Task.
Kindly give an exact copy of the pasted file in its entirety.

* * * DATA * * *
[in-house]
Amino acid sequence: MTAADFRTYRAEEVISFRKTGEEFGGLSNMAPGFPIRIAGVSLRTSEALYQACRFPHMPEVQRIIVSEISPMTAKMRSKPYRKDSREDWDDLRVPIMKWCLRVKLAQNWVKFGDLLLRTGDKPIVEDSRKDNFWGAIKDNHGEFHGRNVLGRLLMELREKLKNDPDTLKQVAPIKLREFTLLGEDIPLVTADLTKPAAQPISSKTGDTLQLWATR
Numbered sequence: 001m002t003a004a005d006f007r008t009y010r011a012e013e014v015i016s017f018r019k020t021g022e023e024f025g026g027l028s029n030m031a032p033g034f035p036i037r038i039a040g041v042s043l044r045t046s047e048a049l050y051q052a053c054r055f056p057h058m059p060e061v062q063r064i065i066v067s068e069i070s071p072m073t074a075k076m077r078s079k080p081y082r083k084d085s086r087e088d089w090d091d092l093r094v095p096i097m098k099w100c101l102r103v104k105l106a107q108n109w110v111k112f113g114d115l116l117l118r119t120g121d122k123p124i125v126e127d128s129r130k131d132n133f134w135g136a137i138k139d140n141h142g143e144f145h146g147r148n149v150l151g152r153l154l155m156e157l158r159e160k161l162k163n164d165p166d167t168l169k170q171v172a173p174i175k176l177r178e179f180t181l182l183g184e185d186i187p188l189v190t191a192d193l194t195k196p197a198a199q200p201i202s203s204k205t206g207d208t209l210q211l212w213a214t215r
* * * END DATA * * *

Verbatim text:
[in-house]
Amino acid sequence: MTAADFRTYRAEEVISFRKTGEEFGGLSNMAPGFPIRIAGVSLRTSEALYQACRFPHMPEVQRIIVSEISPMTAKMRSKPYRKDSREDWDDLRVPIMKWCLRVKLAQNWVKFGDLLLRTGDKPIVEDSRKDNFWGAIKDNHGEFHGRNVLGRLLMELREKLKNDPDTLKQVAPIKLREFTLLGEDIPLVTADLTKPAAQPISSKTGDTLQLWATR
Numbered sequence: 001m002t003a004a005d006f007r008t009y010r011a012e013e014v015i016s017f018r019k020t021g022e023e024f025g026g027l028s029n030m031a032p033g034f035p036i037r038i039a040g041v042s043l044r045t046s047e048a049l050y051q052a053c054r055f056p057h058m059p060e061v062q063r064i065i066v067s068e069i070s071p072m073t074a075k076m077r078s079k080p081y082r083k084d085s086r087e088d089w090d091d092l093r094v095p096i097m098k099w100c101l102r103v104k105l106a107q108n109w110v111k112f113g114d115l116l117l118r119t120g121d122k123p124i125v126e127d128s129r130k131d132n133f134w135g136a137i138k139d140n141h142g143e144f145h146g147r148n149v150l151g152r153l154l155m156e157l158r159e160k161l162k163n164d165p166d167t168l169k170q171v172a173p174i175k176l177r178e179f180t181l182l183g184e185d186i187p188l189v190t191a192d193l194t195k196p197a198a199q200p201i202s203s204k205t206g207d208t209l210q211l212w213a214t215r